Estate planning is a process of preparing tasks that serve to manage your asset base in the event of the owner’s death. The goal is to ensure beneficiaries collect assets to minimize estate tax, income tax, gift tax, and other taxes. Contact a New Jersey estate planning attorney today if you want to help build legal documents for estate planning.
Some steps that can make your estate planning more manageable.
- Inventory your stuff
You might think you do not have enough to justify estate planning. However, once you begin looking around, you will find many tangible and intangible assets you have.
Tangible assets in estate planning include:
- Homes, land, or real estates
- Cars, motorcycles, boats, or any other vehicles
- Antique collectibles like coins, art, trading cards, etc
Intangible assets in estate planning include:
- Savings account or certificates of deposit
- Life insurance, health savings account, ownership in a business, etc
It would be best to estimate the value of your tangible and intangible assets. If you do not have a valuation, evaluate how your heirs will value them. It will assist you in distributing your possessions equitably among the people you love.
- Make a will
You will declare who you want to inherit possessions or property in a will. Naming a guardian for your children will help you sidestep costly family court fights, which can drain your estate’s assets.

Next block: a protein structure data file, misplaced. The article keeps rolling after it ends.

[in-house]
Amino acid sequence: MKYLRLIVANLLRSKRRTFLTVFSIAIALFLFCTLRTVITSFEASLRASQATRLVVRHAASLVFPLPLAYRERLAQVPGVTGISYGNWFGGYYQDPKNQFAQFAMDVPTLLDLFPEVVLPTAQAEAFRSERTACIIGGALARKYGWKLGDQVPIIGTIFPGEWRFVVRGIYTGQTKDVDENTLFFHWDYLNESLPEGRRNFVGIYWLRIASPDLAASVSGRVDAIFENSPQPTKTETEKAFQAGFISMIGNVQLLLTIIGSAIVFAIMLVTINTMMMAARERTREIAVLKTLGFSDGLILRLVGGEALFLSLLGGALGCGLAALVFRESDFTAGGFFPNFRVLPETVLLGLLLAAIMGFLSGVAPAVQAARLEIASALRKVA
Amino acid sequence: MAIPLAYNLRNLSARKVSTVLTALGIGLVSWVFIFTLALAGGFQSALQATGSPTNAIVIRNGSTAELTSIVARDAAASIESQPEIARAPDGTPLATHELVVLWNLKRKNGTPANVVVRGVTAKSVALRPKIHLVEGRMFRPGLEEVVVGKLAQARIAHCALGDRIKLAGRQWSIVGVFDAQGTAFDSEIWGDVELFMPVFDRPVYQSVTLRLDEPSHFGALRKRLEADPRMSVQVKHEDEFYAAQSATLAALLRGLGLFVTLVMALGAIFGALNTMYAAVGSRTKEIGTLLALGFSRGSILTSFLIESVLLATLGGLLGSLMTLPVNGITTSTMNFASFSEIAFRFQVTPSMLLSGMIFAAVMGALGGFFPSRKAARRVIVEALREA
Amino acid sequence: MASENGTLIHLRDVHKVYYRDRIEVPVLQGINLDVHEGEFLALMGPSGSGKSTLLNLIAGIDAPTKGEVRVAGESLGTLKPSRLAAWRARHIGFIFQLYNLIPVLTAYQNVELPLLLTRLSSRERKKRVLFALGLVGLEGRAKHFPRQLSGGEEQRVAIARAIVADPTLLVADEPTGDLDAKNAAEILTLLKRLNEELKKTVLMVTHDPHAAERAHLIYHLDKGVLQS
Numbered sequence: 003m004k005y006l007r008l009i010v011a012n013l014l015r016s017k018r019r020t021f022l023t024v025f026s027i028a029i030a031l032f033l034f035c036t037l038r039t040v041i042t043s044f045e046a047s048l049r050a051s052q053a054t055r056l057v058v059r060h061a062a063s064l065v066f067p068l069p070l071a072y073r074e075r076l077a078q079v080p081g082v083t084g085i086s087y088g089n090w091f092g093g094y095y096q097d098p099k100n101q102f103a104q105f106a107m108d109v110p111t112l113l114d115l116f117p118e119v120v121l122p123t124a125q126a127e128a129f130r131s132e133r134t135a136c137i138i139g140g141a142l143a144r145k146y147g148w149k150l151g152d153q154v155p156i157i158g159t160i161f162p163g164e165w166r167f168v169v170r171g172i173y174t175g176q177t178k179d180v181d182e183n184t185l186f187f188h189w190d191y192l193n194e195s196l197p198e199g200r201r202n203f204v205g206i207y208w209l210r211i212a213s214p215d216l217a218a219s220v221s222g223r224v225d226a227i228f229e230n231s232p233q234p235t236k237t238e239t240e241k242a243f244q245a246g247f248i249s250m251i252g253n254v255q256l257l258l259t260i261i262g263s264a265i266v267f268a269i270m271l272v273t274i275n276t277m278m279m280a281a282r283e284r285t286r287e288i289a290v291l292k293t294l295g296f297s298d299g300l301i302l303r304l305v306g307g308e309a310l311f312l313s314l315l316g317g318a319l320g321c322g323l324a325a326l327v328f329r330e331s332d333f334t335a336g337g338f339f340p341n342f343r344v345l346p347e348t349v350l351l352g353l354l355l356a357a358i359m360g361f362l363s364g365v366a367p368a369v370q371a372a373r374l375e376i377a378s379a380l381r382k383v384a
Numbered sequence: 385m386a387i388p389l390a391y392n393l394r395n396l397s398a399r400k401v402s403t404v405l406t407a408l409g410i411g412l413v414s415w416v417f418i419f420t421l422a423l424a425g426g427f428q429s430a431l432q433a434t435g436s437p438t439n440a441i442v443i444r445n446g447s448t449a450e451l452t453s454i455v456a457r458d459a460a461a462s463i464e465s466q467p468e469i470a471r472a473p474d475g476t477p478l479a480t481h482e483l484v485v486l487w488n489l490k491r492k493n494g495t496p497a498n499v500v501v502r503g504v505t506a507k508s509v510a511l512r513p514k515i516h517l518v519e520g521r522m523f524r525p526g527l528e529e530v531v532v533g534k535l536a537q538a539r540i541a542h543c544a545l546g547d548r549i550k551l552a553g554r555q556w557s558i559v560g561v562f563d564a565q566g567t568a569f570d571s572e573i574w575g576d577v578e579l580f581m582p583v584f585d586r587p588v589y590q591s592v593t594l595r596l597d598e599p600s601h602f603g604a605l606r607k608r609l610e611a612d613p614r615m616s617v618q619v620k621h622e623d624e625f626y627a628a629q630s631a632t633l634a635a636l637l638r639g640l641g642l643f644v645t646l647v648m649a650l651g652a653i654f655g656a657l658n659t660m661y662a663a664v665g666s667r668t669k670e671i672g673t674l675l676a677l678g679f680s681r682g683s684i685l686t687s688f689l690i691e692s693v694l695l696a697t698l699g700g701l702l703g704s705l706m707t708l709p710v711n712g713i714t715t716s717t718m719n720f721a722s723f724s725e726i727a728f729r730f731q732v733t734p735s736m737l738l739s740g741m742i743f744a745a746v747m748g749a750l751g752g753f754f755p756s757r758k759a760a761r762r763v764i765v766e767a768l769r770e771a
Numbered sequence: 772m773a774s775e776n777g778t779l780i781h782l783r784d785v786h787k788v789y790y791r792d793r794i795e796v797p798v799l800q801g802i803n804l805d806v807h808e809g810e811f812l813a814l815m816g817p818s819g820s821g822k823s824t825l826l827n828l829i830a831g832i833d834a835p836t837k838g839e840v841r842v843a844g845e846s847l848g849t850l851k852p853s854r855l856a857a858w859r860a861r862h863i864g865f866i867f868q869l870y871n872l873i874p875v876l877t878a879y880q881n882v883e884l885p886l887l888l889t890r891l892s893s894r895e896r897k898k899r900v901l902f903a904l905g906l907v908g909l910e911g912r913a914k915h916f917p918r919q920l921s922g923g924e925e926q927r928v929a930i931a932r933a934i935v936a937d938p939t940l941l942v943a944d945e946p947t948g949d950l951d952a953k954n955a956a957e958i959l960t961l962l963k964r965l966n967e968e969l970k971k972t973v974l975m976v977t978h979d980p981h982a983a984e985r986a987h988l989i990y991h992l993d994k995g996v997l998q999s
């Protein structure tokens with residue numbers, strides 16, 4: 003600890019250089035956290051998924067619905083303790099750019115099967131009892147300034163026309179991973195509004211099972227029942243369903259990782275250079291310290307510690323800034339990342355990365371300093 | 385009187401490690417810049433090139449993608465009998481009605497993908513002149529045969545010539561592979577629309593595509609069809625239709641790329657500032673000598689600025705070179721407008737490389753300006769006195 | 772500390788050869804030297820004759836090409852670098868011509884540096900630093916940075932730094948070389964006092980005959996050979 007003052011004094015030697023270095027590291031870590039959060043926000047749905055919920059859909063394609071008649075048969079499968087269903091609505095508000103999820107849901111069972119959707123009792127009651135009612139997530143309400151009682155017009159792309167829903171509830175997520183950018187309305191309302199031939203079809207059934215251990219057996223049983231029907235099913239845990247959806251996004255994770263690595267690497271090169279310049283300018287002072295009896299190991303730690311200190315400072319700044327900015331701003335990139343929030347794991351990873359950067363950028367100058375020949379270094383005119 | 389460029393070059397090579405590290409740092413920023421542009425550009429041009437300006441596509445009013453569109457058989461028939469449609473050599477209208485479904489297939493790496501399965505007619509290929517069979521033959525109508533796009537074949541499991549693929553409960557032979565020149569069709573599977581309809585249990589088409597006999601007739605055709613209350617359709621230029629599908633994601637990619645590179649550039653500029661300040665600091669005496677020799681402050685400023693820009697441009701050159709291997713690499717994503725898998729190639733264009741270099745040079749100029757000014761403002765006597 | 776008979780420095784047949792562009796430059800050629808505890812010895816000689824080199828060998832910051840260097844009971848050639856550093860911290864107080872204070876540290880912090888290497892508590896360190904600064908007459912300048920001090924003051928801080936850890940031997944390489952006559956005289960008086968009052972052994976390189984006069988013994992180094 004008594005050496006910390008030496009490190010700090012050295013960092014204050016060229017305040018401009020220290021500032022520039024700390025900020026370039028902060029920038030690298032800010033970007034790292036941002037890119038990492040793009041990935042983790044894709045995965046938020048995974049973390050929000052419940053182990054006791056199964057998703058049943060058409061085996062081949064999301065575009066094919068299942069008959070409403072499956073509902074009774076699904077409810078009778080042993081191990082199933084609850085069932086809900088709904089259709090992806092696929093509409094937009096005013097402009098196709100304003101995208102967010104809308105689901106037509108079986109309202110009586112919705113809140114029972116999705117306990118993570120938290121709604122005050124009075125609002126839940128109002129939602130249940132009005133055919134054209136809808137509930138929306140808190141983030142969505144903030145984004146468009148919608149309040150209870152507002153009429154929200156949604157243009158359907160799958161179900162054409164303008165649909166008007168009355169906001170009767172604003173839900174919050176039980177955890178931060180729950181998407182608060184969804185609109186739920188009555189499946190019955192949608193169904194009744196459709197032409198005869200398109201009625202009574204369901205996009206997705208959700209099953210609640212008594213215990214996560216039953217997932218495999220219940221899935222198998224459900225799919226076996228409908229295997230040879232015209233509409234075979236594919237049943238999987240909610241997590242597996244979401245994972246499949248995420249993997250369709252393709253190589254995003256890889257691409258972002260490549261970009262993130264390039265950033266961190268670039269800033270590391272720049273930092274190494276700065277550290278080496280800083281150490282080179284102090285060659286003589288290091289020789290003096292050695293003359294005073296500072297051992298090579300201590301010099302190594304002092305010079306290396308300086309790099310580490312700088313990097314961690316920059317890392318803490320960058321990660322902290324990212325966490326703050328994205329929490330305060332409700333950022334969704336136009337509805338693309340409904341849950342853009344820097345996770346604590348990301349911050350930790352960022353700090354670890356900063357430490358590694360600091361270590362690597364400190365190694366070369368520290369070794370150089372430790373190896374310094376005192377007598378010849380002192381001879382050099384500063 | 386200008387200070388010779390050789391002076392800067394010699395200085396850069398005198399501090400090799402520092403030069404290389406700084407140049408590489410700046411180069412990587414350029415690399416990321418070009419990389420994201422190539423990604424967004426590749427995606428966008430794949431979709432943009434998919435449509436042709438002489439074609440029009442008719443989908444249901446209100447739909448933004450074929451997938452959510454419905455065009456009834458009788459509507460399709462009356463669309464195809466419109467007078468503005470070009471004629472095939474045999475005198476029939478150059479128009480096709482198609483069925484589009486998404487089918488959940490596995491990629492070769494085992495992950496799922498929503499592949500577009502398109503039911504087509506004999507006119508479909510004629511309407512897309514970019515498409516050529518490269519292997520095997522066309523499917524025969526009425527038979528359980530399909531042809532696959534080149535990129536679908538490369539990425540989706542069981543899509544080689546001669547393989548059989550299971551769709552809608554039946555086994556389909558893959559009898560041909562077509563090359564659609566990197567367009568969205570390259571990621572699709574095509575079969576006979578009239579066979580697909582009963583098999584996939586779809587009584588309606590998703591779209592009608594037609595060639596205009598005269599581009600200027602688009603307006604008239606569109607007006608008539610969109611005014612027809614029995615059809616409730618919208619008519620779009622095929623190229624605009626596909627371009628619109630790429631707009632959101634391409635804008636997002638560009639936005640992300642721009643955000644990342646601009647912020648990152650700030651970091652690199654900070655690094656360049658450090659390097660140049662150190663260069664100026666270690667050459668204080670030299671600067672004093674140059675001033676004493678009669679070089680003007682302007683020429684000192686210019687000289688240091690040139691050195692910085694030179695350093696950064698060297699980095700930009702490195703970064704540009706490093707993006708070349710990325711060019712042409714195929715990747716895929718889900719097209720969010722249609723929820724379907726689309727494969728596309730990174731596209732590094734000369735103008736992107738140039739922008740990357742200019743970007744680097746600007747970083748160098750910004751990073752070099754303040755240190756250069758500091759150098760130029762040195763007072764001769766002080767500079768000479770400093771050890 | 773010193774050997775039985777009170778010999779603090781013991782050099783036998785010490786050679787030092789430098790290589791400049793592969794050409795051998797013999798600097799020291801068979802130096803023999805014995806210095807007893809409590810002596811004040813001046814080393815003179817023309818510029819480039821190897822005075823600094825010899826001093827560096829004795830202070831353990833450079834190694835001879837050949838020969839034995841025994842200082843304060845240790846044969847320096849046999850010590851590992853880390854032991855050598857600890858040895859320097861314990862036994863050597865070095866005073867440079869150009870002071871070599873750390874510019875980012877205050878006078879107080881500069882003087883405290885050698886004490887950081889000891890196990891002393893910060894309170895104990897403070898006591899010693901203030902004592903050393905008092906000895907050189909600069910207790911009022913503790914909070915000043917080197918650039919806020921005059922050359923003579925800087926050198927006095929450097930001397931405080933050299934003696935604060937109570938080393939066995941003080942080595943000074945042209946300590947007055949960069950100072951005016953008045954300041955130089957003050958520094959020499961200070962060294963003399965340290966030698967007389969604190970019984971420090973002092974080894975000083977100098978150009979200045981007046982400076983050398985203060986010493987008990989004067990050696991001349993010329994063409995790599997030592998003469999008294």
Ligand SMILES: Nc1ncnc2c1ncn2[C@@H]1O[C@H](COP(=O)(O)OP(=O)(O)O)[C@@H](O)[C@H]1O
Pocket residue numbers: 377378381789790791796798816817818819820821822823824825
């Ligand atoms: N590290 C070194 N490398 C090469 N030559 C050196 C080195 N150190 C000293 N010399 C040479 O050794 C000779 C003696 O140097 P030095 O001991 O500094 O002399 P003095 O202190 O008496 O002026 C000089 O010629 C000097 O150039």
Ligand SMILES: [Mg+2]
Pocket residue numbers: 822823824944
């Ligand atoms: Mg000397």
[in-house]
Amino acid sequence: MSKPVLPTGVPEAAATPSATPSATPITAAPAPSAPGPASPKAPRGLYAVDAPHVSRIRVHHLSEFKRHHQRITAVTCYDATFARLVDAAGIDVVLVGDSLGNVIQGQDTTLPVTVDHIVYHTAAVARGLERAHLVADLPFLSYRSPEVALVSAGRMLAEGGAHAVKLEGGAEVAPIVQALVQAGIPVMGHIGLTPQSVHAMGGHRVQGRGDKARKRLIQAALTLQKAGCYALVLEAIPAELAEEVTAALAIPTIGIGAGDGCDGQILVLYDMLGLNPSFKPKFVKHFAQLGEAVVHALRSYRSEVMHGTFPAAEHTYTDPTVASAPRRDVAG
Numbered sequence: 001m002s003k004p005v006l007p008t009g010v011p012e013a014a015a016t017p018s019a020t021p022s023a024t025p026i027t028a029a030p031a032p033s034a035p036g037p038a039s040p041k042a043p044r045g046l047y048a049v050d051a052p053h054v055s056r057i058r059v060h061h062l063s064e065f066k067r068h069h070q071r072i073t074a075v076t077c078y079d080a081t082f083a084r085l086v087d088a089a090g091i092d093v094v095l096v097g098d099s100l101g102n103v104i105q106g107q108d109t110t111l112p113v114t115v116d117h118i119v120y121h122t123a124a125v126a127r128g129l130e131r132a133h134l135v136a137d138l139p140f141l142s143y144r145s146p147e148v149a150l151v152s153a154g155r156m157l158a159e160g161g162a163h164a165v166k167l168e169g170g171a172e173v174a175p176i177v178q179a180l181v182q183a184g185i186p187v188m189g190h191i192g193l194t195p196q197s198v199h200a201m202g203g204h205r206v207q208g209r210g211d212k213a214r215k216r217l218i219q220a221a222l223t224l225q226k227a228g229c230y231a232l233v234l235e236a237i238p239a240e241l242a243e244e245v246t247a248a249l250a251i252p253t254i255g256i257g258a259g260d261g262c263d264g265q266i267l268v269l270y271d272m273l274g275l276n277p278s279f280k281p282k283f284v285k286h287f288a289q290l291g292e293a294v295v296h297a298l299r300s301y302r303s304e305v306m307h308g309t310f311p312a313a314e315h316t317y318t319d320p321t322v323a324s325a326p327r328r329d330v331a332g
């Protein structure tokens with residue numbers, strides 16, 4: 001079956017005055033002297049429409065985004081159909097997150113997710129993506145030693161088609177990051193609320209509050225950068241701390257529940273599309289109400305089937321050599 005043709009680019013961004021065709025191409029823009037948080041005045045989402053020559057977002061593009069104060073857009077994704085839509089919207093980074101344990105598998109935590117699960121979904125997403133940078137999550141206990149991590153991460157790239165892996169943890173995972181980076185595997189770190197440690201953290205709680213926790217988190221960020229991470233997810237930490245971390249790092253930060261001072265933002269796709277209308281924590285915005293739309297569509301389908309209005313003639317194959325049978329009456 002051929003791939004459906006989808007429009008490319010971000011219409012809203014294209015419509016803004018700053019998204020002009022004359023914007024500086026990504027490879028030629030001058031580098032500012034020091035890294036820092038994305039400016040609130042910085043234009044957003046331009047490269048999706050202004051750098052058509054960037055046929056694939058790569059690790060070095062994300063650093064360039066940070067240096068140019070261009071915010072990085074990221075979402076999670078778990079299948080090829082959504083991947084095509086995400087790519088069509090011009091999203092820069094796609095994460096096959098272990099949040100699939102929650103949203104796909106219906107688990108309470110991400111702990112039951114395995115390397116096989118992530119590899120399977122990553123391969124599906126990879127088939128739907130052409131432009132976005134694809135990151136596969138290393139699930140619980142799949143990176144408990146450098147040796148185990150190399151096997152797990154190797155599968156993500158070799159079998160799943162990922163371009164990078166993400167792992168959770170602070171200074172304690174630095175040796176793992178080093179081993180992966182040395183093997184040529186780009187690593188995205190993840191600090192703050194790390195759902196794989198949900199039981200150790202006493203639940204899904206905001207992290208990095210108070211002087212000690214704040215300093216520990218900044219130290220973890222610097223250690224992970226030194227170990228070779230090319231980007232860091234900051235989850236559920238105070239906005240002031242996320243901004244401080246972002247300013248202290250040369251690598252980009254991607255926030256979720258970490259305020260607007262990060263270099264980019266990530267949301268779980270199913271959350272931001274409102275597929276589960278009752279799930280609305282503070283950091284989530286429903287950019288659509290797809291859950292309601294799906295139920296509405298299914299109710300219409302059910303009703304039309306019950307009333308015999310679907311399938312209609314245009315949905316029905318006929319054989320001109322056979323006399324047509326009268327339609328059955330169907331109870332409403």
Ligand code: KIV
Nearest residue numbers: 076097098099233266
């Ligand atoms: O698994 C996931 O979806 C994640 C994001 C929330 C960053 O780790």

- Consider a trust
Your survivors can dodge time-consuming probate court if you hold your property in a living trust.
- Make health care directives.
A health care directive includes a health care declaration and a power to an attorney for health care, which gives power to the one you have chosen to make decisions when you cannot.
- Create a financial strength with an attorney
You can allow a trusted person to have authority to handle your finances and assets if you become disabled or unfit to manage your affairs.
- File beneficiary forms
Name a beneficiary for all your bank debts and retirement plans, automatically making your account ‘payable to death’ to your beneficiary, allowing the funds to skip the probate process.
- Plan to reassess
It would be best if you consider revisiting your estate plan.
- Revisit your estate plan if it includes the birth of a child, marriage or divorce, a new job, or termination.
- Revisit your estate plan even if the circumstances do not change. Your situation might be the same, but laws can change.
- Store your documents
Your attorney or executor (the person you chose to handle your property after you die) may need to access the following documents:
- Insurance policies
- Retirement plans information
- Real estate deeds
- Funeral prepayment plans
- Information on debts